Analysis

The Analysis Section of Afronomicslaw.org publishes two types of content on issues of international economic law and public international law, and related subject matter, relating to Africa and the Global South. First, individual blog submissions which readers are encouraged to submit for consideration. Second, feature symposia, on discrete themes and book reviews that fall within the scope of the subject matter focus of Afronomicslaw.org. 

Conflict of Laws and Intra-African Commercial Disputes: To What Extent Does (Lack of) A Harmonized Pan-African Conflict of Laws Regime Support the AfCFTA Liberalization Agenda?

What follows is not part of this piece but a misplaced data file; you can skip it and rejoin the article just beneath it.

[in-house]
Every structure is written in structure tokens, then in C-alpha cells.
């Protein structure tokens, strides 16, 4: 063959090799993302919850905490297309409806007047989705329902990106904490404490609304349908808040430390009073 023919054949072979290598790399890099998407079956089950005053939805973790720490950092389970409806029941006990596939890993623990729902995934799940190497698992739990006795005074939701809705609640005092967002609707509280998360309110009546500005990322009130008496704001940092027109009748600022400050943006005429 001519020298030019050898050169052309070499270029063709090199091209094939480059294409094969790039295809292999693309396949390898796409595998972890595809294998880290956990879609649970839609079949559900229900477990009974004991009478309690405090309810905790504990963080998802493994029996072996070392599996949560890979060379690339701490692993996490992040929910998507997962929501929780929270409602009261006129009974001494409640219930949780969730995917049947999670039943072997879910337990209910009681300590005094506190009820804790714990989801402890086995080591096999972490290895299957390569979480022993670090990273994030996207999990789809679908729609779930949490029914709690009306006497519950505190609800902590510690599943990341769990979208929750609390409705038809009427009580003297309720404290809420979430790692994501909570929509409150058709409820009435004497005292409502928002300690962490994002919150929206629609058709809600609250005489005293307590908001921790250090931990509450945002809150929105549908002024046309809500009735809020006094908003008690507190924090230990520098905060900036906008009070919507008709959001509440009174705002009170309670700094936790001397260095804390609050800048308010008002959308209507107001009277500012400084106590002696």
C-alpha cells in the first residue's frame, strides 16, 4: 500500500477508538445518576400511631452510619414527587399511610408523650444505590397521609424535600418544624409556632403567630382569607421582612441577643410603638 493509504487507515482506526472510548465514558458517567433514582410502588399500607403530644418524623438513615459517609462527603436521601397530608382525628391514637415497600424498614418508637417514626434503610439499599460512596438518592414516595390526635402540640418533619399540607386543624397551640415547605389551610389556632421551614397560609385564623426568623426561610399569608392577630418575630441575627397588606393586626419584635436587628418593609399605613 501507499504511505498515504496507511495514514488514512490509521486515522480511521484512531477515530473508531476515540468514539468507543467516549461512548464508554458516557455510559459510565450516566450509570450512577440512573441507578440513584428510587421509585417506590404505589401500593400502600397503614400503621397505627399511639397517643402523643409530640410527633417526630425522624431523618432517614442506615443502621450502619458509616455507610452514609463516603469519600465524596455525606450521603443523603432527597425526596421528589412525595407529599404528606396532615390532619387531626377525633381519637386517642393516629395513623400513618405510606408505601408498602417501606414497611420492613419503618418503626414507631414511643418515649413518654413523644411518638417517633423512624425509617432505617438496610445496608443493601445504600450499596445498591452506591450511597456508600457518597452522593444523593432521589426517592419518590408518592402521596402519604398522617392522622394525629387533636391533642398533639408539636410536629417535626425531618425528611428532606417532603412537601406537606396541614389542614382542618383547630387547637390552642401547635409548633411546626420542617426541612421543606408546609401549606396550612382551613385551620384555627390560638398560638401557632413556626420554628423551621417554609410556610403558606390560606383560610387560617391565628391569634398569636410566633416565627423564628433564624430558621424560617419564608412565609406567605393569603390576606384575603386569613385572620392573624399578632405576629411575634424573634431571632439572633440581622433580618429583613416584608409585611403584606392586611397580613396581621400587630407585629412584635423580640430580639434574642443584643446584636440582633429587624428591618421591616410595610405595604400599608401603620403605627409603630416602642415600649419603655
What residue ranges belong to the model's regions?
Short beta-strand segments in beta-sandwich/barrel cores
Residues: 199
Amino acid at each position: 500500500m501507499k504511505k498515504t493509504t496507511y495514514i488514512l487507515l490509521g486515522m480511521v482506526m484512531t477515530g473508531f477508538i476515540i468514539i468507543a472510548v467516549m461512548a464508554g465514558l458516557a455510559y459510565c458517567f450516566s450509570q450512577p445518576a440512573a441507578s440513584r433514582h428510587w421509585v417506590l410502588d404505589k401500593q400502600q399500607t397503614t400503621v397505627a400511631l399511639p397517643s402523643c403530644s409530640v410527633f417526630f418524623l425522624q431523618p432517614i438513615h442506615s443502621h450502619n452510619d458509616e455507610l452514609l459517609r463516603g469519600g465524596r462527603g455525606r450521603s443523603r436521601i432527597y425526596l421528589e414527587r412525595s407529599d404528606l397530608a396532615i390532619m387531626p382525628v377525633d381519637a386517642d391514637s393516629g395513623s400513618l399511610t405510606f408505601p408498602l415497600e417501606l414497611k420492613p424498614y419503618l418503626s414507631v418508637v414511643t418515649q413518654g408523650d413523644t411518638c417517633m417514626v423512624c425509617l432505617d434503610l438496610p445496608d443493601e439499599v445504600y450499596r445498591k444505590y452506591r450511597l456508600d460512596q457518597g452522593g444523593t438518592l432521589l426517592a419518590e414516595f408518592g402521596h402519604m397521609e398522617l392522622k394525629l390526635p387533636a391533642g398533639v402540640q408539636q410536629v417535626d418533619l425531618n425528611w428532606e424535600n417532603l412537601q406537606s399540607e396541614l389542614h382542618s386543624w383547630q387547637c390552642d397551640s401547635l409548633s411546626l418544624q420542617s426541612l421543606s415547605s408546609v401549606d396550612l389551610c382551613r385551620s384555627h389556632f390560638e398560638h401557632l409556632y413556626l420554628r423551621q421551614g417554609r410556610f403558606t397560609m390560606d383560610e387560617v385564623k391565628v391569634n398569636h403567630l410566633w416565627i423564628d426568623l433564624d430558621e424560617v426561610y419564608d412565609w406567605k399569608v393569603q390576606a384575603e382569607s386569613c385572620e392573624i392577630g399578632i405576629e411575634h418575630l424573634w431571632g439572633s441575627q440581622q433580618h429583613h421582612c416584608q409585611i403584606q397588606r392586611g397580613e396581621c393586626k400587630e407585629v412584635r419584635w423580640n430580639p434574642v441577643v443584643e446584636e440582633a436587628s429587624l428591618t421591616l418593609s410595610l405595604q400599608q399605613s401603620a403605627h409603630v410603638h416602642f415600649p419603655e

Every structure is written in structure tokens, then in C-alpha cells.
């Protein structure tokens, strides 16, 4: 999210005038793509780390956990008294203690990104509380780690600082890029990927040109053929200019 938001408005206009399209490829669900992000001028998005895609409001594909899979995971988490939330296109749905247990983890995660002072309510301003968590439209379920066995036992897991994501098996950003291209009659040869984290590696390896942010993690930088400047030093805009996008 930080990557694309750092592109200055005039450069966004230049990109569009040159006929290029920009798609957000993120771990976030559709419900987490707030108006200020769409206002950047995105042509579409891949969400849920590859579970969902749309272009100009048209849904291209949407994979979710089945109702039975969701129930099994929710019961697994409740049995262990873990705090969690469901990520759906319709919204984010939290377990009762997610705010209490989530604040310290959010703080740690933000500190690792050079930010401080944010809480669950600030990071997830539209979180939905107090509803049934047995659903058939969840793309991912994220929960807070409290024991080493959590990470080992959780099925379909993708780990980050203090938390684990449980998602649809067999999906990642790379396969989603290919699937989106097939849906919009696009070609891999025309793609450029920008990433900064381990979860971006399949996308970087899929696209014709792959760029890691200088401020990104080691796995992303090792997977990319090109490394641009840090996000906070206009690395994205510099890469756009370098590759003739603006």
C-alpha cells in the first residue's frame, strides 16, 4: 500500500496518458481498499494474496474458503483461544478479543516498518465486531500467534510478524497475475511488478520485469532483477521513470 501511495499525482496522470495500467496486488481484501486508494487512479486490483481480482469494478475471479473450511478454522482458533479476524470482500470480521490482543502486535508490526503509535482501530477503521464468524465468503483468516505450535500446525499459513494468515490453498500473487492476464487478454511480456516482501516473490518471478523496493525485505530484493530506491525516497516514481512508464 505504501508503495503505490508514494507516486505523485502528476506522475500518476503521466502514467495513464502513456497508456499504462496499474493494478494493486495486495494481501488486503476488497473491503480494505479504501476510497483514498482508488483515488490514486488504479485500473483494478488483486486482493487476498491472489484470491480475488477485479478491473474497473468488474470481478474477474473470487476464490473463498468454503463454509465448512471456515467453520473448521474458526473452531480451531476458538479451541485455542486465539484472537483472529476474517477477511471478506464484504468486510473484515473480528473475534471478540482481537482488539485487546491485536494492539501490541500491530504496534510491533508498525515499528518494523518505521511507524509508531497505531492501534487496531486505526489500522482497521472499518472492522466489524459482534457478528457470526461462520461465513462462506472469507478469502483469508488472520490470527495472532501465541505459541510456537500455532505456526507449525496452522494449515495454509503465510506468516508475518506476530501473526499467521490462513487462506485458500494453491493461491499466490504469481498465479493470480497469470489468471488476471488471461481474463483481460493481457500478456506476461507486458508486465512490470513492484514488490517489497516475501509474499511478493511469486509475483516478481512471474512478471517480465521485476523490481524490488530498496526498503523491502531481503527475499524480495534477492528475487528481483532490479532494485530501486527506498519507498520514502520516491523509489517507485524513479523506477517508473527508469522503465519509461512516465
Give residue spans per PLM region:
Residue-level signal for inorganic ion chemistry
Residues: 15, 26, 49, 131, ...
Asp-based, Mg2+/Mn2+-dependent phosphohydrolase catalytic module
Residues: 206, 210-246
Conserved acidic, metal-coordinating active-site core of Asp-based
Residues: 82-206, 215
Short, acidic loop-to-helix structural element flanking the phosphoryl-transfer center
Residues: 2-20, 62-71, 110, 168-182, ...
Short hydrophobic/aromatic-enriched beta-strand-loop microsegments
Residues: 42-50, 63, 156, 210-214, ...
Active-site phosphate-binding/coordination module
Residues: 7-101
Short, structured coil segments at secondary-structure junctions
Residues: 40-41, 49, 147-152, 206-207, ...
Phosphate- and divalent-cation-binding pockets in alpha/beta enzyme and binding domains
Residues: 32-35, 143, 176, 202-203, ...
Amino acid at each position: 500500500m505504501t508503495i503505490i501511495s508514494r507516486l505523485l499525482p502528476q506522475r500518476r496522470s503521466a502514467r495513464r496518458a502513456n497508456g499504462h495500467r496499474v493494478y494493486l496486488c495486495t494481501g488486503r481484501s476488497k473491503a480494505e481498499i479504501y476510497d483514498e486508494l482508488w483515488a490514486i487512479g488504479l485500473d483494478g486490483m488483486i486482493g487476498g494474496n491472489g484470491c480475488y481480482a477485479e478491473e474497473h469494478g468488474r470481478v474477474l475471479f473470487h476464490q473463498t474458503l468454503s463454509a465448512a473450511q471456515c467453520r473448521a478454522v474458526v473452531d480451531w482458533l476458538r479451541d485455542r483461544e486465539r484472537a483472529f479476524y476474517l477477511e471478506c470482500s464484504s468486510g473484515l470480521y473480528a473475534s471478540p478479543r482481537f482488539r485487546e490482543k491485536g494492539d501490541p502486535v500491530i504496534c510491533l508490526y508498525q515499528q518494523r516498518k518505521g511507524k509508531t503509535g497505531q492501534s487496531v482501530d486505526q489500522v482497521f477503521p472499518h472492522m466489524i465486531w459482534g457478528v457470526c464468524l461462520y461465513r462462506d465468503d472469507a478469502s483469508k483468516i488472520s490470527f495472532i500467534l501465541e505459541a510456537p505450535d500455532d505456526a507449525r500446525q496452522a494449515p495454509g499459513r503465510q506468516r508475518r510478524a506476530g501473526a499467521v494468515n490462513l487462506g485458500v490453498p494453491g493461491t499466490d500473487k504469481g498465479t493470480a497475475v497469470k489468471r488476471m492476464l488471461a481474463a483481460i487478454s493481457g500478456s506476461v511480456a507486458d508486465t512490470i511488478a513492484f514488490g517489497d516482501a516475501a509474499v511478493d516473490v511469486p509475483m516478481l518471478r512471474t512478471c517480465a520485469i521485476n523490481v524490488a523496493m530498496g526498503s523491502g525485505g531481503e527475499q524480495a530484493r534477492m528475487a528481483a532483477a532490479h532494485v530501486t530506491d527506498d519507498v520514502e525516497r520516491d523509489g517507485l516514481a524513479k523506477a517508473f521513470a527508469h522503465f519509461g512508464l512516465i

In addition to the pan-African convention, given the non-litigious nature of African countries, as hereinbefore stated, the jurisdiction of the AfCFTA DSM should be expanded to include private actors. The reality on the ground is that the state orchestrated bureaucratic diplomatic protection may not be a feasible option for a private party whose financial interests are at stake and need to be urgently resolved. Elsewhere, there have been calls for the establishment of an African Commercial Court as a one-stop court for the enforcement or annulment of the final award. However, it is my belief that just like calls for the establishment of a separate African Court of Justice led to, instead, the merger of the African Court of Human and Peoples’ Rights (ACHPR) and the African Court of Justice due to inter alia politics and finances, it would equally not be financially viable for the African Union to administer two courts, that is the African Commercial Court and the ACHPR. Alternatively, it may be financially sound to create a commercial division within the ACHPR or the African Court of Justice and Human and Peoples’ Rights as the case may be, to deal with commercial disputes that have commercial conflict of laws dimensions. The implication of this is that the AfCFTA DSM will still be active but only available to State Parties, whereas private actors whose home countries have made the Article 34(6) of the Protocol to the African Charter on Human and Peoples' Rights declaration can opt for the ACHPR DSM. This may act as an incentive and mount pressure on State Parties to fasten the amendment procedure of the AfCFTA DSM to expand its jurisdiction to accommodate private actors. This will give private actors an opportunity to be a major part of the dispute resolution process thus deeper economic integration. Either way, the AfCFTA liberalization agenda is achieved.